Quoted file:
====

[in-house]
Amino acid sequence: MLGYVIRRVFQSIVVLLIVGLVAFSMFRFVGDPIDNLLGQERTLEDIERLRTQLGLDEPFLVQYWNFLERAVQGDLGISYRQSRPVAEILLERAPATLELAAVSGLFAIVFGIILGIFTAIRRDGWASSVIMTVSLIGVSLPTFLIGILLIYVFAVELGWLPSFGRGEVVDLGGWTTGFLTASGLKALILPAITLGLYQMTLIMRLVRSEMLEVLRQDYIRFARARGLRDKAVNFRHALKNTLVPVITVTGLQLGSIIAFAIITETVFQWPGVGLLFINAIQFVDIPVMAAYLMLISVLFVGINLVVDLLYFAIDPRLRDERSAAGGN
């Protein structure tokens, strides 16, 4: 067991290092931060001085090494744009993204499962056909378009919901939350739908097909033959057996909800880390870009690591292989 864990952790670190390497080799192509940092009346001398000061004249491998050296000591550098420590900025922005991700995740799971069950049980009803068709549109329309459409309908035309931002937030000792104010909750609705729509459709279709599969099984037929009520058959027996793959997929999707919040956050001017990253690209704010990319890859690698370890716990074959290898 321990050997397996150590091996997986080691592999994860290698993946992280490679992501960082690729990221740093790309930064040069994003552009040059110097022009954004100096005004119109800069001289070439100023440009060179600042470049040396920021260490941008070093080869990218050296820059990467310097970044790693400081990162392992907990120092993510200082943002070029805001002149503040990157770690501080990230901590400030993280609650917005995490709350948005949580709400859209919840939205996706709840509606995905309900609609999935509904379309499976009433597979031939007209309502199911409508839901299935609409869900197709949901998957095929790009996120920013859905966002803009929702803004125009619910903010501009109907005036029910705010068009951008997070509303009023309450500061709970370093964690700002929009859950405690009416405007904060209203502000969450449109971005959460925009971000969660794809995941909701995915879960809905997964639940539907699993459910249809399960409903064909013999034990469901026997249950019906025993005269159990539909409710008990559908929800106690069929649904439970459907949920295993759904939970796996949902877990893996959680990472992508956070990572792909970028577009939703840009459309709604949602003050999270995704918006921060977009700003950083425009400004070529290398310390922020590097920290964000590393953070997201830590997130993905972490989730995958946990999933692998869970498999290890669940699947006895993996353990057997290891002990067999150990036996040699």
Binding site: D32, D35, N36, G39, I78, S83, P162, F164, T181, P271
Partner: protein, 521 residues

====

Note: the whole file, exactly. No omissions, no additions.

[in-house]
Amino acid sequence: MLGYVIRRVFQSIVVLLIVGLVAFSMFRFVGDPIDNLLGQERTLEDIERLRTQLGLDEPFLVQYWNFLERAVQGDLGISYRQSRPVAEILLERAPATLELAAVSGLFAIVFGIILGIFTAIRRDGWASSVIMTVSLIGVSLPTFLIGILLIYVFAVELGWLPSFGRGEVVDLGGWTTGFLTASGLKALILPAITLGLYQMTLIMRLVRSEMLEVLRQDYIRFARARGLRDKAVNFRHALKNTLVPVITVTGLQLGSIIAFAIITETVFQWPGVGLLFINAIQFVDIPVMAAYLMLISVLFVGINLVVDLLYFAIDPRLRDERSAAGGN
């Protein structure tokens, strides 16, 4: 067991290092931060001085090494744009993204499962056909378009919901939350739908097909033959057996909800880390870009690591292989 864990952790670190390497080799192509940092009346001398000061004249491998050296000591550098420590900025922005991700995740799971069950049980009803068709549109329309459409309908035309931002937030000792104010909750609705729509459709279709599969099984037929009520058959027996793959997929999707919040956050001017990253690209704010990319890859690698370890716990074959290898 321990050997397996150590091996997986080691592999994860290698993946992280490679992501960082690729990221740093790309930064040069994003552009040059110097022009954004100096005004119109800069001289070439100023440009060179600042470049040396920021260490941008070093080869990218050296820059990467310097970044790693400081990162392992907990120092993510200082943002070029805001002149503040990157770690501080990230901590400030993280609650917005995490709350948005949580709400859209919840939205996706709840509606995905309900609609999935509904379309499976009433597979031939007209309502199911409508839901299935609409869900197709949901998957095929790009996120920013859905966002803009929702803004125009619910903010501009109907005036029910705010068009951008997070509303009023309450500061709970370093964690700002929009859950405690009416405007904060209203502000969450449109971005959460925009971000969660794809995941909701995915879960809905997964639940539907699993459910249809399960409903064909013999034990469901026997249950019906025993005269159990539909409710008990559908929800106690069929649904439970459907949920295993759904939970796996949902877990893996959680990472992508956070990572792909970028577009939703840009459309709604949602003050999270995704918006921060977009700003950083425009400004070529290398310390922020590097920290964000590393953070997201830590997130993905972490989730995958946990999933692998869970498999290890669940699947006895993996353990057997290891002990067999150990036996040699």
Binding site: D32, D35, N36, G39, I78, S83, P162, F164, T181, P271
Partner: protein, 521 residues